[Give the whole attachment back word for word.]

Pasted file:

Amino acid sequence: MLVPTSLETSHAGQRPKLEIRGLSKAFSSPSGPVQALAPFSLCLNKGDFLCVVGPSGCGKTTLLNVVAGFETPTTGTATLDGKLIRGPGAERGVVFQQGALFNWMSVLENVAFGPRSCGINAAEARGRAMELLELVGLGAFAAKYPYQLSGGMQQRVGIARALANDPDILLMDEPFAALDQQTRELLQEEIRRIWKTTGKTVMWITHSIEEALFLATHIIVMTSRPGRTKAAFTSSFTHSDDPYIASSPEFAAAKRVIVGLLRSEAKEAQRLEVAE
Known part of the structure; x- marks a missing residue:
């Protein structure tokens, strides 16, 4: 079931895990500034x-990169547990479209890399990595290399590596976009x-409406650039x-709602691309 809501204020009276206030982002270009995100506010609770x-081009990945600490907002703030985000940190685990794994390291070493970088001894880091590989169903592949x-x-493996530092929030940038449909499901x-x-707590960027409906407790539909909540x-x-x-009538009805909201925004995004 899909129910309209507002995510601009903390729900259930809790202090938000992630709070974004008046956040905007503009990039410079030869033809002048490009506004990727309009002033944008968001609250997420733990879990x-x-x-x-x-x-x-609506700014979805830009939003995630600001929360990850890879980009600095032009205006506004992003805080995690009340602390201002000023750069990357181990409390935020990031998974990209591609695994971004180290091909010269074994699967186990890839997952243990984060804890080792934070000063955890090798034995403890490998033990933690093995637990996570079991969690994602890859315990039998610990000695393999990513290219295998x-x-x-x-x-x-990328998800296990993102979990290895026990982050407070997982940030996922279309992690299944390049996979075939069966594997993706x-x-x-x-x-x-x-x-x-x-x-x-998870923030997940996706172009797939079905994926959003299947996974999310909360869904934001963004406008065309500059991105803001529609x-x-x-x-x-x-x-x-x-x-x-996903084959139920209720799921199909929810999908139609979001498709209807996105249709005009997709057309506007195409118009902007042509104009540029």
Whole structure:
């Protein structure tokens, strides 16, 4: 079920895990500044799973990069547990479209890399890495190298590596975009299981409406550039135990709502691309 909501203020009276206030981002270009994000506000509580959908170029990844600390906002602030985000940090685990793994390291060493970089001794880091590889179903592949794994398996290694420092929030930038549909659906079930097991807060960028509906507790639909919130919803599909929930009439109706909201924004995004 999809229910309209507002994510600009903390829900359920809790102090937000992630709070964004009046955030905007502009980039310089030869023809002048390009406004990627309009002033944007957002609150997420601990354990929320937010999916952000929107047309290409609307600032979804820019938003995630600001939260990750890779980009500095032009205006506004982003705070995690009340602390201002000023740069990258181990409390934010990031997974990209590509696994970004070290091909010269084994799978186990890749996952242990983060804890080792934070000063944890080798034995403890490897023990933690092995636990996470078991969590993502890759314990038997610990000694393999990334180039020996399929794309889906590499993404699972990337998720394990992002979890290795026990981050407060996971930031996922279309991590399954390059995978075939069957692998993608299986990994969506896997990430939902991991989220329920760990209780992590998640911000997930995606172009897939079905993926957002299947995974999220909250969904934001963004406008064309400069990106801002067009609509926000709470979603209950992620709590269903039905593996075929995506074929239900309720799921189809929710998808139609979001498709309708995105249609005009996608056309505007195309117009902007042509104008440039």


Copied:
Amino acid sequence: MLVPTSLETSHAGQRPKLEIRGLSKAFSSPSGPVQALAPFSLCLNKGDFLCVVGPSGCGKTTLLNVVAGFETPTTGTATLDGKLIRGPGAERGVVFQQGALFNWMSVLENVAFGPRSCGINAAEARGRAMELLELVGLGAFAAKYPYQLSGGMQQRVGIARALANDPDILLMDEPFAALDQQTRELLQEEIRRIWKTTGKTVMWITHSIEEALFLATHIIVMTSRPGRTKAAFTSSFTHSDDPYIASSPEFAAAKRVIVGLLRSEAKEAQRLEVAE
Known part of the structure; x- marks a missing residue:
């Protein structure tokens, strides 16, 4: 079931895990500034x-990169547990479209890399990595290399590596976009x-409406650039x-709602691309 809501204020009276206030982002270009995100506010609770x-081009990945600490907002703030985000940190685990794994390291070493970088001894880091590989169903592949x-x-493996530092929030940038449909499901x-x-707590960027409906407790539909909540x-x-x-009538009805909201925004995004 899909129910309209507002995510601009903390729900259930809790202090938000992630709070974004008046956040905007503009990039410079030869033809002048490009506004990727309009002033944008968001609250997420733990879990x-x-x-x-x-x-x-609506700014979805830009939003995630600001929360990850890879980009600095032009205006506004992003805080995690009340602390201002000023750069990357181990409390935020990031998974990209591609695994971004180290091909010269074994699967186990890839997952243990984060804890080792934070000063955890090798034995403890490998033990933690093995637990996570079991969690994602890859315990039998610990000695393999990513290219295998x-x-x-x-x-x-990328998800296990993102979990290895026990982050407070997982940030996922279309992690299944390049996979075939069966594997993706x-x-x-x-x-x-x-x-x-x-x-x-998870923030997940996706172009797939079905994926959003299947996974999310909360869904934001963004406008065309500059991105803001529609x-x-x-x-x-x-x-x-x-x-x-996903084959139920209720799921199909929810999908139609979001498709209807996105249709005009997709057309506007195409118009902007042509104009540029």
Whole structure:
């Protein structure tokens, strides 16, 4: 079920895990500044799973990069547990479209890399890495190298590596975009299981409406550039135990709502691309 909501203020009276206030981002270009994000506000509580959908170029990844600390906002602030985000940090685990793994390291060493970089001794880091590889179903592949794994398996290694420092929030930038549909659906079930097991807060960028509906507790639909919130919803599909929930009439109706909201924004995004 999809229910309209507002994510600009903390829900359920809790102090937000992630709070964004009046955030905007502009980039310089030869023809002048390009406004990627309009002033944007957002609150997420601990354990929320937010999916952000929107047309290409609307600032979804820019938003995630600001939260990750890779980009500095032009205006506004982003705070995690009340602390201002000023740069990258181990409390934010990031997974990209590509696994970004070290091909010269084994799978186990890749996952242990983060804890080792934070000063944890080798034995403890490897023990933690092995636990996470078991969590993502890759314990038997610990000694393999990334180039020996399929794309889906590499993404699972990337998720394990992002979890290795026990981050407060996971930031996922279309991590399954390059995978075939069957692998993608299986990994969506896997990430939902991991989220329920760990209780992590998640911000997930995606172009897939079905993926957002299947995974999220909250969904934001963004406008064309400069990106801002067009609509926000709470979603209950992620709590269903039905593996075929995506074929239900309720799921189809929710998808139609979001498709309708995105249609005009996608056309505007195309117009902007042509104008440039």